A poet and writer, continuing the Bohuslav Reynek tradition of Czech poetry. His poems have been translated into English, German, French, Russian, Polish, Spanish and Italian. He was born in Prague on 8 October 1962.
After graduating from the University of Technology he worked as a carer in an institute for the mentally disabled and in a retirement home, as an editor for the Velehrad magazine and he has written for the Revolver revue, Vokno, Literární noviny and Souvislosti.
His first poetry was published in 1989 in an anthology called Básně (Poetry, together with Bohdan Chlíbec and other writers). He made his debut with the collection Vlál za mnou směšný šos (A Ridiculous Tail Flapped Behind Me, Křesť. akademie, KDM and KRUH, 1994), where, with a slight distance, he criticized the spiritual vacuity of the age. The critic Jiří Trávníček labelled him a rustic metaphysicist; the motifs of a harsh landscape and biblical symbols are the starting points of Kolmačka’s work.
Two years later a new edition of this collection came out, followed by the collection Viděl jsi, že jsi (You Saw that You Are, Petrov 1998). “Riding bareback / the Indian passes through the village at dusk. The children who should have been asleep long ago / are perhaps a little frightened, / but with their faces pressed to the window / they are already smouldering inside, they are already burning / and their eyes widen / like wells without water, because there is no bottom.” A family is added to the landscape of Kolmačka’s texts – a woman and children, and although their house leaks and the snow falls through the holes in the roof, this is really a chronicle of the day, of the almost terse, everyday tasks that have to be carried out. A sewing machine, a radio, an electric heater; these are the machines which form his poetic backdrop.
His most intimate collection, Moře (The Sea, Triáda, 2010), was highly acclaimed by critics: “Gone is the weight and earthiness of the poet’s debut. More space is given by Kolmačka to the motifs which bind families in all their forms: the bleak, the anxious (‘Always on the run / fear that something will happen, / or that something won’t happen, / which should happen’) as well as the most intimate,” wrote Jana Seiberová in a review for iLiteratura.cz. Kolmačka has also been compared to the poet Petr Hruška.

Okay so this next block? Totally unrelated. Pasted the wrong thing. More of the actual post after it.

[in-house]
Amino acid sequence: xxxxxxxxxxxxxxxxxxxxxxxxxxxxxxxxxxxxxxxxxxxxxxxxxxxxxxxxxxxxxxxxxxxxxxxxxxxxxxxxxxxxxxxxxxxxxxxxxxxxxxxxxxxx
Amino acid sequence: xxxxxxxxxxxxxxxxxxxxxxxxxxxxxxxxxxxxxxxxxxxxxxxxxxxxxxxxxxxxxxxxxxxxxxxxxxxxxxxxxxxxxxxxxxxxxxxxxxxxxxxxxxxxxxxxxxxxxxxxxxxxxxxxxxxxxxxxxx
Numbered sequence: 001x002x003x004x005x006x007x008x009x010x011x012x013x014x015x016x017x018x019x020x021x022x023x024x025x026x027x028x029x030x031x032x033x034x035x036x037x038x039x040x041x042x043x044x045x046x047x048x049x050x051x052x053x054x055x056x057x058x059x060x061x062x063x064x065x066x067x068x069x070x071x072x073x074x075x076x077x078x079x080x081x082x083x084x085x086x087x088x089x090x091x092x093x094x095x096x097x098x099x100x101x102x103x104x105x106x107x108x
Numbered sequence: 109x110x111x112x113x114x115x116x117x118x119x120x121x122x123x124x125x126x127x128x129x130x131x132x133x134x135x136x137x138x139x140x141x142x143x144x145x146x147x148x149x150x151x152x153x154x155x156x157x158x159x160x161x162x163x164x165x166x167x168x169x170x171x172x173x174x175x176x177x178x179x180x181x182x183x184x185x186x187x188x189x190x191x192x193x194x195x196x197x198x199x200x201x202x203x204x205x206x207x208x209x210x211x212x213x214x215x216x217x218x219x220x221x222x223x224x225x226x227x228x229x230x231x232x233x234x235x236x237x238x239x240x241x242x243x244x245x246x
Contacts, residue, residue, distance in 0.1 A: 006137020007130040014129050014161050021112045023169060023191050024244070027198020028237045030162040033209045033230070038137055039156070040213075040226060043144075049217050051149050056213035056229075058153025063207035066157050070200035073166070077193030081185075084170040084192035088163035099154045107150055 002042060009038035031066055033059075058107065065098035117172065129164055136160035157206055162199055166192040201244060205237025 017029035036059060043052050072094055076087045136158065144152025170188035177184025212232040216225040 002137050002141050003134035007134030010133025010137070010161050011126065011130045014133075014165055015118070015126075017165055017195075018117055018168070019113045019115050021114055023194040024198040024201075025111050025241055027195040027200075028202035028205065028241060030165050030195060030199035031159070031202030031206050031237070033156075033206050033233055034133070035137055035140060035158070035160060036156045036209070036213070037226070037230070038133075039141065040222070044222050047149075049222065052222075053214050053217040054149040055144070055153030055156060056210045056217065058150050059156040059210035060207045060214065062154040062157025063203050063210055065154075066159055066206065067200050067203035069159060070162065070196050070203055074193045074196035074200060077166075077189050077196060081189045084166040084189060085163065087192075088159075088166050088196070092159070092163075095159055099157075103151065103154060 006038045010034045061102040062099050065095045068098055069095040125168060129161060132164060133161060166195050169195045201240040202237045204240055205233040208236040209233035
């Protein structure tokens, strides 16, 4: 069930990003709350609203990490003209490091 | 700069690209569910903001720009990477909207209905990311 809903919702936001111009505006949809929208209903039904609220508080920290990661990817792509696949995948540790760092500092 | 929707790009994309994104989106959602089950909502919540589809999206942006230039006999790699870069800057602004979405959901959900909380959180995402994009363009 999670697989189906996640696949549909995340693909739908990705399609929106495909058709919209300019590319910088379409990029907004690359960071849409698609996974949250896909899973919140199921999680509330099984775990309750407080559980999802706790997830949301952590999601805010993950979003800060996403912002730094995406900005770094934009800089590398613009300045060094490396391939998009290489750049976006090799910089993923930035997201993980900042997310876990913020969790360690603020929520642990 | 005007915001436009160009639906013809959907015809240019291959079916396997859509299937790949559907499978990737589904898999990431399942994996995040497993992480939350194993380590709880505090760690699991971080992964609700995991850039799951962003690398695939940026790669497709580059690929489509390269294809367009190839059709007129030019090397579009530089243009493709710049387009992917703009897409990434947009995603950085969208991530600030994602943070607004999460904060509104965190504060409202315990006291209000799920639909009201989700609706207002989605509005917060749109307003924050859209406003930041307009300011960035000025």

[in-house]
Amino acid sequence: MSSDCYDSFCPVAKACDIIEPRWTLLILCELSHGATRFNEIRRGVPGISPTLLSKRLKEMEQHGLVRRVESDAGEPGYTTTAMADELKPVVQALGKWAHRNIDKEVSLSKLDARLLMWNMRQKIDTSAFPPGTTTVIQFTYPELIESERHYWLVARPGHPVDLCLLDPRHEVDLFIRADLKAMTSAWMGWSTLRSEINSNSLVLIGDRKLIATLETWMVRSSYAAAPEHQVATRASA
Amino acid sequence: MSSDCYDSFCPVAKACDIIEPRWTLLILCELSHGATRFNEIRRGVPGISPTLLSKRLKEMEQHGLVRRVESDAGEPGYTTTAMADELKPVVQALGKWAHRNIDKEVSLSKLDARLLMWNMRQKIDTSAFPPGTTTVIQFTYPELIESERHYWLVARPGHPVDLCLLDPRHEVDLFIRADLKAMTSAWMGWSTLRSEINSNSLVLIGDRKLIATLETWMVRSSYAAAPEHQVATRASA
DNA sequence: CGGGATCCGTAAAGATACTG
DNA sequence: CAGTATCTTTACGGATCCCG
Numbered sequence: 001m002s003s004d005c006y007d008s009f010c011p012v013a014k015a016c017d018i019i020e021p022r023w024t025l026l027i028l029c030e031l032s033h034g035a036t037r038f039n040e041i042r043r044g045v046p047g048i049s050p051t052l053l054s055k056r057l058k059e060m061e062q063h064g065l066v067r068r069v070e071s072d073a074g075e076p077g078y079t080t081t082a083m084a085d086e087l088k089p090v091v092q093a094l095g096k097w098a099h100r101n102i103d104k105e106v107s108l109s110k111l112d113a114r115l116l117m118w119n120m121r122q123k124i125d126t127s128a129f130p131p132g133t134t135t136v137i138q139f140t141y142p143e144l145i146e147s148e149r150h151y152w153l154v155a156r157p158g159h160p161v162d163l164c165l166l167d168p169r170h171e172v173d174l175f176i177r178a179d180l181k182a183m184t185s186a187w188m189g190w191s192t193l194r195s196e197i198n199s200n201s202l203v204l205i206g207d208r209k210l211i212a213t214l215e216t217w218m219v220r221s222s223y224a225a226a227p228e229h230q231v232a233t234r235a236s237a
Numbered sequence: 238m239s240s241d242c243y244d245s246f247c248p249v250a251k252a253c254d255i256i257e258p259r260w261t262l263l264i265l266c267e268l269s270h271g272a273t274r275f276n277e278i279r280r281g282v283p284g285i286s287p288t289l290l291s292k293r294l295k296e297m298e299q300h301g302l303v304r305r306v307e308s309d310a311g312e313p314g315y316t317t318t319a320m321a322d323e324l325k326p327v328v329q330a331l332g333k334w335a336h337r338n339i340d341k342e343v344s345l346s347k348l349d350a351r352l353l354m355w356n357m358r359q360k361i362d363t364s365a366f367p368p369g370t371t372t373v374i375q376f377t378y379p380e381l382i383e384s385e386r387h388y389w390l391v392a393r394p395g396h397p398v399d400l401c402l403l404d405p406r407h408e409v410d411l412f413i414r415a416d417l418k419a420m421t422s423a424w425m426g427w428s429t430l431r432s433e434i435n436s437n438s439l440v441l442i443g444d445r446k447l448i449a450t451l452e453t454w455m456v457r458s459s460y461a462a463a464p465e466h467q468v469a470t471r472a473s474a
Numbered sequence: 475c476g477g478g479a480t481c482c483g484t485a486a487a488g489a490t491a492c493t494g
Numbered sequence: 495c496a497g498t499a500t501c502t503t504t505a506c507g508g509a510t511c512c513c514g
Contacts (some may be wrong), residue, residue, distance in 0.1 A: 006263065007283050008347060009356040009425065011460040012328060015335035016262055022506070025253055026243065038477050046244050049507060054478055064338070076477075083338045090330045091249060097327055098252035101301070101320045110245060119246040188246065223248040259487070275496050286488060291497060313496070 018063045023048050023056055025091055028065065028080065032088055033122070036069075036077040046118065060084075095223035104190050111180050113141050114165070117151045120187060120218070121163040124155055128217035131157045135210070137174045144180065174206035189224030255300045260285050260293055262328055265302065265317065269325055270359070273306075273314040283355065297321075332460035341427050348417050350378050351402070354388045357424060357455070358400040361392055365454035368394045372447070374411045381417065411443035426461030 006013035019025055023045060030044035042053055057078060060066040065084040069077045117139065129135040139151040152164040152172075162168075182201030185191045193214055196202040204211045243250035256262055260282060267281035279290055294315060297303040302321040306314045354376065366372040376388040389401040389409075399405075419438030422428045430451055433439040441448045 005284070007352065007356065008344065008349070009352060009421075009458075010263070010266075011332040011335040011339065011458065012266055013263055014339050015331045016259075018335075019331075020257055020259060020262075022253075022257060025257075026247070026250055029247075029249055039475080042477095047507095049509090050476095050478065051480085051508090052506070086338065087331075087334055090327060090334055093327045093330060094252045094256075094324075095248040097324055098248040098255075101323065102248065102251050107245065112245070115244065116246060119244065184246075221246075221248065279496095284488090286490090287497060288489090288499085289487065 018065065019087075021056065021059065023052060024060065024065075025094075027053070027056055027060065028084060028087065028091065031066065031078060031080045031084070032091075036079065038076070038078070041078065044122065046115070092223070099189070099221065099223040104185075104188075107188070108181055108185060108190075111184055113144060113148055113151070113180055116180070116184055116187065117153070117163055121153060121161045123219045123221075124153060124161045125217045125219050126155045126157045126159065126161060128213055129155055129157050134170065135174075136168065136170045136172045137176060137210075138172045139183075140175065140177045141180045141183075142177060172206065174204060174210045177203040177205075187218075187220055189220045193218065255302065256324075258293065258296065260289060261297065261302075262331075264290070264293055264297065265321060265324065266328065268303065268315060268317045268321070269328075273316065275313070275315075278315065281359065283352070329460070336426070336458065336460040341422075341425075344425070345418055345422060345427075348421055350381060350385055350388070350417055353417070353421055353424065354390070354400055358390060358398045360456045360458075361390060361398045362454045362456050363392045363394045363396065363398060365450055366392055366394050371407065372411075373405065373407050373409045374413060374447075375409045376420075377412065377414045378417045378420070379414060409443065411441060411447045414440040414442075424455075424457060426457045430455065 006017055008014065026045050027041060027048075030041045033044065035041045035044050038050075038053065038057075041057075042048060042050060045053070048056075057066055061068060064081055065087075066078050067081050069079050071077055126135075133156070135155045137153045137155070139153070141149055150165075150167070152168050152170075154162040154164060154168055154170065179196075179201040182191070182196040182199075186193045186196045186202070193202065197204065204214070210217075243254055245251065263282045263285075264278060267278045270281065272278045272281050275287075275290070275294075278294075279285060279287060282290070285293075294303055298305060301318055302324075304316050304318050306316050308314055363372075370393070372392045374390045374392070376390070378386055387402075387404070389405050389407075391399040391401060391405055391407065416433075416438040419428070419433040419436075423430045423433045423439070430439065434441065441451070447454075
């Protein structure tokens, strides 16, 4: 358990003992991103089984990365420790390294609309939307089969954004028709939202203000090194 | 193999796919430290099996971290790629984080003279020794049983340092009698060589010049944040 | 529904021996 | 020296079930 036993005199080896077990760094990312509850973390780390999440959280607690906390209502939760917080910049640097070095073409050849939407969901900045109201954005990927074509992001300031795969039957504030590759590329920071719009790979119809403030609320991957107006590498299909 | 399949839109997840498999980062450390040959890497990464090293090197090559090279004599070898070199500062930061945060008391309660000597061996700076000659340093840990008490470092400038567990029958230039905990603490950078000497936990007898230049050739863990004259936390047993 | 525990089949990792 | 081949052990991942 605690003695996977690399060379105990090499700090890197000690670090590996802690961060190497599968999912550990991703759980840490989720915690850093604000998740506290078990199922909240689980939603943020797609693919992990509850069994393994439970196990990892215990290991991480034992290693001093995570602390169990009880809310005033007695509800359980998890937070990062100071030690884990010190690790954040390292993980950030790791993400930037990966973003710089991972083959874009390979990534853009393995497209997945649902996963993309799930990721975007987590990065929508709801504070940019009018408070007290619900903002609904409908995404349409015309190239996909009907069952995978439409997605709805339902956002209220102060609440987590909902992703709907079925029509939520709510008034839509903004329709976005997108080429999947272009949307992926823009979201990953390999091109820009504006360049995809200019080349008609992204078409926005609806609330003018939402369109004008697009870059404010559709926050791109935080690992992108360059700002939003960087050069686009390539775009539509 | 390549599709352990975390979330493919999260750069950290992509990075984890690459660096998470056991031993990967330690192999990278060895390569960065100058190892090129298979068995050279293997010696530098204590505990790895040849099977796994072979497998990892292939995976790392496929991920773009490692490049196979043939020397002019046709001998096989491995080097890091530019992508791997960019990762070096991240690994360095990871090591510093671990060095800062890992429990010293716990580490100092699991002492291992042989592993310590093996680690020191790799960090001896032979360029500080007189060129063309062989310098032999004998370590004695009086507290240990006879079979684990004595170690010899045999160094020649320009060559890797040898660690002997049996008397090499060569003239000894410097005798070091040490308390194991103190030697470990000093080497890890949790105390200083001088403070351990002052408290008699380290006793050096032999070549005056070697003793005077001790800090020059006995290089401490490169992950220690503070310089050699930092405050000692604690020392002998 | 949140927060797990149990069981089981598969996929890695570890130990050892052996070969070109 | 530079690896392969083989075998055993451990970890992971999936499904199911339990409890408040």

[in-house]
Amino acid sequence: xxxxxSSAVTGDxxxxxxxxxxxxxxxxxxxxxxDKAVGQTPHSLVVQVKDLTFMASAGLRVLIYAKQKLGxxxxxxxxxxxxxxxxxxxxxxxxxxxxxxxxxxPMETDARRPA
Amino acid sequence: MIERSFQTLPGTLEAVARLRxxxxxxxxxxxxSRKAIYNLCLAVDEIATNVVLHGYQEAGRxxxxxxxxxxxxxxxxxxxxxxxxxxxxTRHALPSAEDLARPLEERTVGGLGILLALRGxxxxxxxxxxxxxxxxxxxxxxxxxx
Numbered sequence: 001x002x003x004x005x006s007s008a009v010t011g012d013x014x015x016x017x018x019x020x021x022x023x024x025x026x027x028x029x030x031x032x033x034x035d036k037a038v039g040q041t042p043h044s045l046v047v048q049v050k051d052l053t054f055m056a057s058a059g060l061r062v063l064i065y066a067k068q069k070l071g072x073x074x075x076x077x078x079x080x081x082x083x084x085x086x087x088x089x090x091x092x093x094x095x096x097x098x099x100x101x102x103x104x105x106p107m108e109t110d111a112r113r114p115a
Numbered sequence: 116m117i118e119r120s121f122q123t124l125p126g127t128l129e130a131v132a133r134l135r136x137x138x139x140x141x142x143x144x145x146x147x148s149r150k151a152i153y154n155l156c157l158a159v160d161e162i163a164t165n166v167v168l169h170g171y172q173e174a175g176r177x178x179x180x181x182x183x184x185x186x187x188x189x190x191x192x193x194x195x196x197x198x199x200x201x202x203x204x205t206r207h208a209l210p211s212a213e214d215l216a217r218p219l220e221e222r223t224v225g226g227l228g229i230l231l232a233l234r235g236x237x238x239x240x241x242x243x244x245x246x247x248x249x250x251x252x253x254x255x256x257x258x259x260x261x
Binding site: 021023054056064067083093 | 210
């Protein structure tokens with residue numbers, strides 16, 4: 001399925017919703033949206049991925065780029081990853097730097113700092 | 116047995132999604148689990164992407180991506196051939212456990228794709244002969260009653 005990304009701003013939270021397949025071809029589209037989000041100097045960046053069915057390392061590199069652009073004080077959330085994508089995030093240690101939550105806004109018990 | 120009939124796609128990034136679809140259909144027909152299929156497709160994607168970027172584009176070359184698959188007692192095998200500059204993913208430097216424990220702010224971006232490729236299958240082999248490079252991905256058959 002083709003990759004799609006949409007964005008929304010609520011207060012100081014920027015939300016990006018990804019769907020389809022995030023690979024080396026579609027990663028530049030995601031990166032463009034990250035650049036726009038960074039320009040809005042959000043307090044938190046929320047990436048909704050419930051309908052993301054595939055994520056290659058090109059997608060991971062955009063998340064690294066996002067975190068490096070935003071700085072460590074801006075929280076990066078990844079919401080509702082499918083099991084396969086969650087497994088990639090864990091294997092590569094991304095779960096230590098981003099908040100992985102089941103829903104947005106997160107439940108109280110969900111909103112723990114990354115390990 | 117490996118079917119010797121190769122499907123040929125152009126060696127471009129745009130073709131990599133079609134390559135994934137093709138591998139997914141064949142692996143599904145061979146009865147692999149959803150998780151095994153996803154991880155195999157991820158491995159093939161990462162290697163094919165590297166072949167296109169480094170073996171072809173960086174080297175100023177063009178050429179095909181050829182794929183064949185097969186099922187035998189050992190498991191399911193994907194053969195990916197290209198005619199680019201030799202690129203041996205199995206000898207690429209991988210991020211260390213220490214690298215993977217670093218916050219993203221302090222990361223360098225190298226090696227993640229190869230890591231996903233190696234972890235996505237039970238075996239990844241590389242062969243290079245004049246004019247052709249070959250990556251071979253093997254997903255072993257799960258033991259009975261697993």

Pavel Kolmačka’s most recent work is Wittgenstein bije žáka (Wittgenstein is Beating a Pupil, Triáda, 2014). It has a gently critical tone, where popular culture now appears alongside the traditional, rural, contemplative voice. Fifteen years previously, Kolmačka’s world had been set around electric heaters, but now mobile phones have entered into it. “WE HAD A CHILDHOOD. / We awoke once / anxious for no reason. We felt the cellar ghost / gliding through the ventilation. We were saved by pictures of Mickey Mouse.”
However, Kolmačka is not just a poet, he is also the author of the novel Stopy za obzor (Traces Beyond the Horizon, Triáda, 2006). Firstly he describes the life of the main character, Vítek Koblasa, through the eyes of a child and his memories, and later as an adult carer in a mental health hospital, whose own life is no more understandable than the patients’ realities in the hospital. “When Vítek’s housing-estate childhood is transformed into rural adulthood, it is not so much the difference between rural and urban lifestyles as a generational feeling of time wasted, stemming from a concealed Christian upbringing, passive resistance within the drabness and a hypocritical acceptance of the totalitarian regime. Defiance always remains under control. The result is a deformed adulthood, incapable of forming its own opinions or even its own life. Everyone is lost, without optimism and without hope,” was Milada M. Marešová’s characterization of the novel. The novel is rich in lyricism and poetry, as well as containing Kolmačka’s own experience of searching for God, and his life in the country with its clear rhythm of time passing. “Nothing is fixed and nothing is certain. Nothing is eternal, nothing lasts. Nothing is comforting and we are never home, nothing is bliss and nothing is joy, nothing is sweetness and there is nothing more than nothing,” says Vítek Koblasa.